Saturday, June 30, 2007


Wow. I came across a powerful documentary on sex trafficking yesterday. From what I can tell, it has been called by two different titles, “Sex Slaves” and “The Real Sex Traffic.” It is about 49 minutes long, and if you are interested in this topic, I would recommend this film.

Of course, the subject matter is intense, and there is some profanity, but I felt that the film was valuable and educational. Writer/Director Ric Esther Bienstock and a small crew gained access to the lives of several former trafficking victims from the former Soviet bloc.

More surprising, they also interviewed a trafficker named Vlad about his trafficking a woman named Katia. Vlad knew Katia and her husband, Viorel, and he offered to go with Katia on a trip to Turkey to buy supplies for her mother's store. He said he was going there anyway and could help Katia find her way. Katia and Viorel trusted him. Then Viorel got a call from Vlad, who told him matter-of-factly, “I sold your wife.”

The documentary follows Viorel from Ukraine to Turkey as he desperately tries to locate and buy Katia back from the pimp who purchased her.

The documentary does a fantastic job of helping us see the devastation of the victims and their families, and Bienstock also includes some great director’s notes on the official Web site (see the link above).

I saw the documentary online at Google videos. I assume it is legal; I hope I’m not sending you to a site that has posted the video in violation of copyright law.

Thursday, June 28, 2007

6 a.m. here—5 p.m. there

At 6 a.m. in the Eastern Time Zone of the United States, it is 5 p.m. in Bangkok, Thailand. And for about 35,000 girls in Thailand who are in debt bondage,* another night’s horror is about to begin.

As we are dressing and getting ready for our workday, these girls are dressing and putting on makeup for tonight’s work, which will consist of being assaulted and abused by about 14 men, on average.

For some, this will be their first day, and they will resist. But they will be beaten, raped (probably repeatedly) and threatened. After a few days or weeks, their resistance will fade away, replaced by a numb shock or sullen resignation.

The younger ones will be the most traumatized; they understand so little of what is happening to them. Most will acquire several sexually transmitted diseases. Many will receive contraceptives with no letup so they can work more nights each month. If any manage to escape, they likely will be found by the police, abused for awhile and then sent back to the brothel, which pays the police regularly in order to stay in business. Aside from the physical damage, the psychological damage to the girls is incalculable.

Will you stop right now and pray for these young girls? Will you consider them your sisters, suffering in ways you and I can’t imagine, vaguely hoping that someday their nightmare will end? Pray that God will rescue them. Pray that He will do this through people or through His own mighty hand. Pray that He will do it through you and me.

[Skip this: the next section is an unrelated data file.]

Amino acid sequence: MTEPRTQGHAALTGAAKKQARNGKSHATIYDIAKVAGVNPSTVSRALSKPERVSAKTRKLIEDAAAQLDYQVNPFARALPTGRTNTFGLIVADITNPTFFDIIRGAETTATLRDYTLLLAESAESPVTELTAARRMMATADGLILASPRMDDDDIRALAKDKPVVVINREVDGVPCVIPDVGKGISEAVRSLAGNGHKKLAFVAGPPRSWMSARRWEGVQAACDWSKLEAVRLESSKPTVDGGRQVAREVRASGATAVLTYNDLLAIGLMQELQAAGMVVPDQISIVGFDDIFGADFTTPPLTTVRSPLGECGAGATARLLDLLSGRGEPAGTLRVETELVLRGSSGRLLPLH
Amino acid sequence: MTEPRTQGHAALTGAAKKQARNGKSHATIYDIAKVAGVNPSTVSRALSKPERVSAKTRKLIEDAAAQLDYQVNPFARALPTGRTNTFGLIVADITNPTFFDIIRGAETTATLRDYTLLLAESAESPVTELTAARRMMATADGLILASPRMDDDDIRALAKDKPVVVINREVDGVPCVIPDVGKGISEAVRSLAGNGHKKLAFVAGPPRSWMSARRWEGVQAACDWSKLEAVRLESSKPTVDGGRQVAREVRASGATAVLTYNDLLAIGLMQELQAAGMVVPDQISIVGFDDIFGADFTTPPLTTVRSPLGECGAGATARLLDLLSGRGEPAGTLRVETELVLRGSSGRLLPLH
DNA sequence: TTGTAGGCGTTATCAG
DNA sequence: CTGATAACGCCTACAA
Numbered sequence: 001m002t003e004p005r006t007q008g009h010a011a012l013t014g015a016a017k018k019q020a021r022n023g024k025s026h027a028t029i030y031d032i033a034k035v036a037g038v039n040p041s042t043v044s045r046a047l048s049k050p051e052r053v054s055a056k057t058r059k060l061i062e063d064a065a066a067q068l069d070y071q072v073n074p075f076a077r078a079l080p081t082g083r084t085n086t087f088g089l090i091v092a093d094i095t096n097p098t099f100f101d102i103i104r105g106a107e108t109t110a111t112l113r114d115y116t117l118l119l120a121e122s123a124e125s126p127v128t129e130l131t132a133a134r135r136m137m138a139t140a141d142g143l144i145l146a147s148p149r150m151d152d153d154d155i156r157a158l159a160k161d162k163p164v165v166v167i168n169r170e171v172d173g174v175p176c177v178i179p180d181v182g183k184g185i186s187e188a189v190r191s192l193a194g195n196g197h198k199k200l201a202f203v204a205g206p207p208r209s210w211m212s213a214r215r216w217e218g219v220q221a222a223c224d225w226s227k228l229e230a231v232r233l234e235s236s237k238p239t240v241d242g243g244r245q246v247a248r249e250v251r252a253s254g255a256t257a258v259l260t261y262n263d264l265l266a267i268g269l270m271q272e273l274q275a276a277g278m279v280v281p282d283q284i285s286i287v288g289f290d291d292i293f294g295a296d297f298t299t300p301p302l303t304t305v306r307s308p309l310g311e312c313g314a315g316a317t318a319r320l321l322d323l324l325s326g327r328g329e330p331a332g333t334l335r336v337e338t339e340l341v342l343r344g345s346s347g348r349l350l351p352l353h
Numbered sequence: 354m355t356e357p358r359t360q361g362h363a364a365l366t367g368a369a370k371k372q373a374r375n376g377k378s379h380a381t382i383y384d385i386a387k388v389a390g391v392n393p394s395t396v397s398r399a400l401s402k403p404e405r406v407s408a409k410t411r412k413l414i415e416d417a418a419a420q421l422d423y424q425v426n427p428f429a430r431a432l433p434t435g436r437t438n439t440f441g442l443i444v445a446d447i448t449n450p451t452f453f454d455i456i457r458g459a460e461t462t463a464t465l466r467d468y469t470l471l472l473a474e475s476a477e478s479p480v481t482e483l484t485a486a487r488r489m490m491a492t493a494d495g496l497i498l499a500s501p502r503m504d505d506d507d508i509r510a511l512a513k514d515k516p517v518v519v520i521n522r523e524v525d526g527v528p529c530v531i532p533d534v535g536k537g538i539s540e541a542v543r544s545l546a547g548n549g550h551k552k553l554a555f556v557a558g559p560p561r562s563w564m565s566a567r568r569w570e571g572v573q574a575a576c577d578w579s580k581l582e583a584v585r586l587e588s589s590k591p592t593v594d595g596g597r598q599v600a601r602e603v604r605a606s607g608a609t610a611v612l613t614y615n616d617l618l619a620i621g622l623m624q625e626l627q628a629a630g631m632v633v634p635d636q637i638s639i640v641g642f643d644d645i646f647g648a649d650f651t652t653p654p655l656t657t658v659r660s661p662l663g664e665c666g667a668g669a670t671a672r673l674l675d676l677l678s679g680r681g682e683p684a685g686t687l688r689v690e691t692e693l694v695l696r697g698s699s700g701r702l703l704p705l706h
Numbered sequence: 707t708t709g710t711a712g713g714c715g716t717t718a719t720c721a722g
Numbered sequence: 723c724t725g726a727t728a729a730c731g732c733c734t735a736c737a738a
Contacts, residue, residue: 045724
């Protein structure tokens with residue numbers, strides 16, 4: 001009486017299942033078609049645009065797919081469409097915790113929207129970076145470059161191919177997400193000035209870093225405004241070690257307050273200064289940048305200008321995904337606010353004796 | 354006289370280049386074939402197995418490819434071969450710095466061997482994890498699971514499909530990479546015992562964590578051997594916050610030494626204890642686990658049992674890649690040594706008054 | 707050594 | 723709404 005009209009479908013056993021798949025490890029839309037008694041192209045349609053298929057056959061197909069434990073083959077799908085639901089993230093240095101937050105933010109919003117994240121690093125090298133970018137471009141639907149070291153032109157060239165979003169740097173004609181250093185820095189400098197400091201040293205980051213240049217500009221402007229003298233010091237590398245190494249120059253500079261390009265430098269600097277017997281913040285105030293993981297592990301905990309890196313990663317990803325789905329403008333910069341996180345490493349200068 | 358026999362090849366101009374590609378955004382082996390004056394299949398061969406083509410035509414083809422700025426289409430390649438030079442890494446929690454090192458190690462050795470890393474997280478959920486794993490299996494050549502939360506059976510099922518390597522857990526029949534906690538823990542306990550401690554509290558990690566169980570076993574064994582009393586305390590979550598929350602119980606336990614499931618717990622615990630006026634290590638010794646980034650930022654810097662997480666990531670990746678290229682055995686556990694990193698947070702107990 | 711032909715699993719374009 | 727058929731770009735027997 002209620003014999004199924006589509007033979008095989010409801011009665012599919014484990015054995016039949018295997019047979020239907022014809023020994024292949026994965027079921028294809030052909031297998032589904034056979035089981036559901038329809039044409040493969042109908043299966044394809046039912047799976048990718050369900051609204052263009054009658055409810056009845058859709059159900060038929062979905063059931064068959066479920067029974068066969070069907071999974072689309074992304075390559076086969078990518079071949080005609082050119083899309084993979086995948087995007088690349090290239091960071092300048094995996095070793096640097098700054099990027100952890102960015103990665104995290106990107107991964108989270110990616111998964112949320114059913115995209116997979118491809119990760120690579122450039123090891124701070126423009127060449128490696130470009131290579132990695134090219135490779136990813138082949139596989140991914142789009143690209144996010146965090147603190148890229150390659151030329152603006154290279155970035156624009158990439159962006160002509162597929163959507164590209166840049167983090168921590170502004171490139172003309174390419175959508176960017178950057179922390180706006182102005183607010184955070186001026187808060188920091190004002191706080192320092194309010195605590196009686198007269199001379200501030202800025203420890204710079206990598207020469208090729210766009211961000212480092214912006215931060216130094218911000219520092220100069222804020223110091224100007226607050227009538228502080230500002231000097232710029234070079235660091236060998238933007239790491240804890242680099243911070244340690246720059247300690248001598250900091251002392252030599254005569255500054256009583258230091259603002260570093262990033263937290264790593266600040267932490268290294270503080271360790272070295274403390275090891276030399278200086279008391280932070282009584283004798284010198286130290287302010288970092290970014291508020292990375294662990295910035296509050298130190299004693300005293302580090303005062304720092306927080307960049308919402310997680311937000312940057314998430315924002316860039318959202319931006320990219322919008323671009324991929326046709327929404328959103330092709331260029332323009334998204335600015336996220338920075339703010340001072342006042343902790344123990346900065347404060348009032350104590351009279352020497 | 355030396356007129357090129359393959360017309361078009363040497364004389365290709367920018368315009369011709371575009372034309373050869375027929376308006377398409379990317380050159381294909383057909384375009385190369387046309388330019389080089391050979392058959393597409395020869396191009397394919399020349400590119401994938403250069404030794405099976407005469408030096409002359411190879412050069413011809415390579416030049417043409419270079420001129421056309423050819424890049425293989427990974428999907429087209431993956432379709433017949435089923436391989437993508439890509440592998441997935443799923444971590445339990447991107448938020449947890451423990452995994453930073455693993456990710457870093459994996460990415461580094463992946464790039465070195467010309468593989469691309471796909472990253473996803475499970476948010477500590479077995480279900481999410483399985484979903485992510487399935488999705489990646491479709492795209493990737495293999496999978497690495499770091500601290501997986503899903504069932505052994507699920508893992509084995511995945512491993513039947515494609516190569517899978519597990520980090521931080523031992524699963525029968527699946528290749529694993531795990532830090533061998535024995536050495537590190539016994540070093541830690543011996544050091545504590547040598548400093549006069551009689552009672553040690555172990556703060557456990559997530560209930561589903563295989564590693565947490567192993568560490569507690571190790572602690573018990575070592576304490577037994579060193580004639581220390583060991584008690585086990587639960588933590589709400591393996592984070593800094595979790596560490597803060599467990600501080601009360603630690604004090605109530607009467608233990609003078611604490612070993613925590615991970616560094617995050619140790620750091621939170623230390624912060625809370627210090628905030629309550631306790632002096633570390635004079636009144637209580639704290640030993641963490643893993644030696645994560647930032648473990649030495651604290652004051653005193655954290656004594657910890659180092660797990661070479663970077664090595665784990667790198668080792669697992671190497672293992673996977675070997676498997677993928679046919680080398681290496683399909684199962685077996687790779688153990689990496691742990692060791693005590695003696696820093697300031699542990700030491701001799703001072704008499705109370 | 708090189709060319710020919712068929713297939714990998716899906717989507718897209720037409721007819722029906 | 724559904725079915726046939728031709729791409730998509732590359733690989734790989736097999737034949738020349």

“He will defend the afflicted among the people and save the children of the needy; he will crush the oppressor. … he will deliver the needy who cry out, the afflicted who have no one to help. He will take pity on the weak and the needy and save the needy from death. He will rescue them from oppression and violence, for precious is their blood in his sight” (Psalm 72:4, 12-14, NIV).

Source: Disposable People, by Kevin Bales

*Debt bondage is when someone has incurred a debt—usually through the fraudulent actions of human traffickers—and now is working as a slave in a futile effort to pay that debt. The slave holders, of course, have no reason to see the debt paid, so they will continue to concoct ridiculous new charges to add to the slave’s bill.

Tuesday, June 26, 2007

Camels and Needles

I’m still working my way through Kevin Bales’ book “Disposable People.” I’d like to tear through it and digest it all at once, but in addition to a work schedule that has been insane lately, I find that the book too disturbing to take in large sections at a sitting.

Chapter two deals with sex slavery in Thailand, and much of Bales’ description sounds similar to the description of Cambodia an acquaintance recently gave me (see June 8).

Here are some of the points from Bales’ book:

“Within the type of Buddhism followed in Thailand, women are regarded as distinctly inferior to men. A woman cannot, for example, attain enlightenment. … Buddha warns his disciples about the danger of women: they are impure, carnal, and corrupting. Within these Buddhist writings prostitution is sanctioned …”

When a society has this view of women, it is little wonder that forced prostitution flourishes.

“Thai Buddhism also carries a central message of acceptance and resignation in the face of life’s pain and suffering. The terrible things that happen to a person are, after all, of an individual’s own making, recompense for the sins of this life or previous lives.”